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Death penalty upheld in O.C. hate killing

State high court rules in the slaying of a Vietnamese American.

August 30, 2008|Mike Anton | Times Staff Writer

The California Supreme Court has upheld the death penalty for a self-proclaimed white supremacist from Orange County who was the first person in the state condemned to die for a racially motivated murder.

Gunner Lindberg, 33, was convicted in the 1996 slaying of Thien Minh Ly, 24, who was stabbed more than 50 times and had his throat slashed.

Lindberg was convicted in Orange County Superior Court of first-degree murder with a special circumstance that the crime was based on the victim's race.

Lindberg's attorney sought to have the special circumstance overturned on appeal because of lack of evidence.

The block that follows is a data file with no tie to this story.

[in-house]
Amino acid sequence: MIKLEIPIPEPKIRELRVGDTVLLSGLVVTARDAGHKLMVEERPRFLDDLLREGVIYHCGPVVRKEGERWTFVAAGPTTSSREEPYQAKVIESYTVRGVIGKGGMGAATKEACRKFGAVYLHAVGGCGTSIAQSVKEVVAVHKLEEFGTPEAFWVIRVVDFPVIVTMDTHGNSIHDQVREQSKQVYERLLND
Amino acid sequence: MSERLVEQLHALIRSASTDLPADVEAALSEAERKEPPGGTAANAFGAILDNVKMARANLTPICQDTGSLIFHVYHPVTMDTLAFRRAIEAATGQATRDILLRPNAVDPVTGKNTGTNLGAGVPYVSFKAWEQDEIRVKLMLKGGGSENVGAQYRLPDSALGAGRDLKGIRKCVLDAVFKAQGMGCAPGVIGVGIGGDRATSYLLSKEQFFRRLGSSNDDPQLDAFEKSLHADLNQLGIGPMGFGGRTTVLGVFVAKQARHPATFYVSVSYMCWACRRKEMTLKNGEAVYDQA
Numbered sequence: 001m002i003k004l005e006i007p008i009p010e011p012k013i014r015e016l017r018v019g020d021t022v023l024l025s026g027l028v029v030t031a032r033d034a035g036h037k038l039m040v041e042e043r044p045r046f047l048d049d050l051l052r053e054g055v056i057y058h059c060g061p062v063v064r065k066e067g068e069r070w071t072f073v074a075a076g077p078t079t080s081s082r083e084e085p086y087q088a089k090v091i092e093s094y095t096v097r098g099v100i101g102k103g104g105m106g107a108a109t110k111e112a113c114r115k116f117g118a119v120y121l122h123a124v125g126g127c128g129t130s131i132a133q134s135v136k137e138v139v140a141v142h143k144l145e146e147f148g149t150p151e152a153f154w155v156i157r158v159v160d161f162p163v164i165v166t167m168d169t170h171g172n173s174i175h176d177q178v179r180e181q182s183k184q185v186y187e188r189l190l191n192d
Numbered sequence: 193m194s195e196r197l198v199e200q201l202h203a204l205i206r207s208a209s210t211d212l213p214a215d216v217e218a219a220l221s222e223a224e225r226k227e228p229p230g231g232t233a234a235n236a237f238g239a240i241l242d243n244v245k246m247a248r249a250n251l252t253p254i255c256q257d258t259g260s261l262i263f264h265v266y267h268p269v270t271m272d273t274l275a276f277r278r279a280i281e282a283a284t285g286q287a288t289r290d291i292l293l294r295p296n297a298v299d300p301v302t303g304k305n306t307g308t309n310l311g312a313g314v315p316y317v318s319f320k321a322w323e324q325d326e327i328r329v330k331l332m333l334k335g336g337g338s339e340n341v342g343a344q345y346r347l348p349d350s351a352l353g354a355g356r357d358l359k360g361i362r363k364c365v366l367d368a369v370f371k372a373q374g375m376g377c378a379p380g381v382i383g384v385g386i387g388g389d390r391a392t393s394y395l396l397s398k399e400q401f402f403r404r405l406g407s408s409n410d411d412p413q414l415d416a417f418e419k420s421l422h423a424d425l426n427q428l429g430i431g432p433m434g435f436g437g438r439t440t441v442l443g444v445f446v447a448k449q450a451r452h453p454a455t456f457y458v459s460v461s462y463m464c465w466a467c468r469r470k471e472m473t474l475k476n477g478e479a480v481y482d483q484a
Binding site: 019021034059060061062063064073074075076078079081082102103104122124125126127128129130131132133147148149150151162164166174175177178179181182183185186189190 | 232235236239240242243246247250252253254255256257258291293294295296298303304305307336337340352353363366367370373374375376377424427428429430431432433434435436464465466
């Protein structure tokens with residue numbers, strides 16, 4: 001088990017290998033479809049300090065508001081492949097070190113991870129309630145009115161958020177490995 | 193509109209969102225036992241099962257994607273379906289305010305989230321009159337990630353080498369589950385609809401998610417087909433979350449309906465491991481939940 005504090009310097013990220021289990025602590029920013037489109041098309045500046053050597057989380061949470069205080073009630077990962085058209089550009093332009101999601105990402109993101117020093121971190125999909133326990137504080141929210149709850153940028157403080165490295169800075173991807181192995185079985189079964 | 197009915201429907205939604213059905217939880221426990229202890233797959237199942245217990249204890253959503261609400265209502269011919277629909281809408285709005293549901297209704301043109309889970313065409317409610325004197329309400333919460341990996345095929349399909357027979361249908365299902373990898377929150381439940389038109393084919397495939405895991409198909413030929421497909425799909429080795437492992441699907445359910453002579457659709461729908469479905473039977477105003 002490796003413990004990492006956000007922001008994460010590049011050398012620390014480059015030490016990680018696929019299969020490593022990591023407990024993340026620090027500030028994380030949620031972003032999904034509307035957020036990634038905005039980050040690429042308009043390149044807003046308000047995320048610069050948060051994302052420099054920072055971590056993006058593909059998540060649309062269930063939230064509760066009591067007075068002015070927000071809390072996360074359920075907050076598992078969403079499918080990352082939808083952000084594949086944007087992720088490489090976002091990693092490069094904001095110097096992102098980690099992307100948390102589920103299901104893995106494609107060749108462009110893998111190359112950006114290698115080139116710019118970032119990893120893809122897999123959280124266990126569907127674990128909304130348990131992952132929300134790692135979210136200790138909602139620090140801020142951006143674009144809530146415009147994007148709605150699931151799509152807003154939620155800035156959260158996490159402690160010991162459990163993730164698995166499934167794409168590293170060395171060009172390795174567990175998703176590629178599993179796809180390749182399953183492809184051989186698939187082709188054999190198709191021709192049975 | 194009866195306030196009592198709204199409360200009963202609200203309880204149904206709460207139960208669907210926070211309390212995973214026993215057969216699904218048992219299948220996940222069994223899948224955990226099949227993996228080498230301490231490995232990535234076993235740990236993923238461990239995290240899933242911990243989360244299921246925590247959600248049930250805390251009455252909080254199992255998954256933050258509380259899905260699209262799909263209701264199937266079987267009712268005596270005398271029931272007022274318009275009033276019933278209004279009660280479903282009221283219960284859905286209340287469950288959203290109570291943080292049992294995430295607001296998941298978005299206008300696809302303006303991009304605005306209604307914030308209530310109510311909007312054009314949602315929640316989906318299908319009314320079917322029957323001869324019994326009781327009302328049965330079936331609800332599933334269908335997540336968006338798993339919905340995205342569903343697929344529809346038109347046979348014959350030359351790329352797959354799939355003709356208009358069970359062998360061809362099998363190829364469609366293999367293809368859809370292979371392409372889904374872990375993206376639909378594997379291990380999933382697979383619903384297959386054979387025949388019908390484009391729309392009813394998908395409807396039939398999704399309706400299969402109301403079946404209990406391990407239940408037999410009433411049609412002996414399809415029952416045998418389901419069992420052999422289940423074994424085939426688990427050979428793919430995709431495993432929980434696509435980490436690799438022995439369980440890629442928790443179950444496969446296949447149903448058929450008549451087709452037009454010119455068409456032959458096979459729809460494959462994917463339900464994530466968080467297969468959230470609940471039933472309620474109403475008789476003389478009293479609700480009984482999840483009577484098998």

But the state high court ruled Thursday that "the evidence overwhelmingly showed that the defendant was a racist who regarded nonwhites as subhuman and who, by his own admission, callously murdered victim Ly for the 'racial movement.' "

Ly was in-line skating on a tennis court at Tustin High School when he was attacked by Lindberg and an accomplice.

In an obscenity-laced letter to a cousin full of misspellings and grammatical errors, Lindberg nonchalantly wrote, using an epithet: "Oh, I killed a . . . a while ago."

"I stabbed him in the side about 7 or 8 times he rolled over a little so I stabbed his back about 18 or 19 times then he layed flat and I slit one side of his throught on his jugular vain," Lindberg wrote. "Oh, the sounds the guy was making were like uhhh . . ."

Authorities also found racist materials, including anti-Semitic paraphernalia, in Lindberg's Tustin apartment.

During his trial, prosecutors said, Lindberg wore the same Dallas Cowboys jersey to court that he wore the day he killed Ly.

Ly was a graduate of UCLA and Georgetown University whose goal was to become U.S. ambassador to Vietnam.

During the trial, his family described him as the "backbone and pillar" of the family and said they had visited the high school tennis court to try to imagine what Ly's final moment must have been like.

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mike.anton@latimes.com

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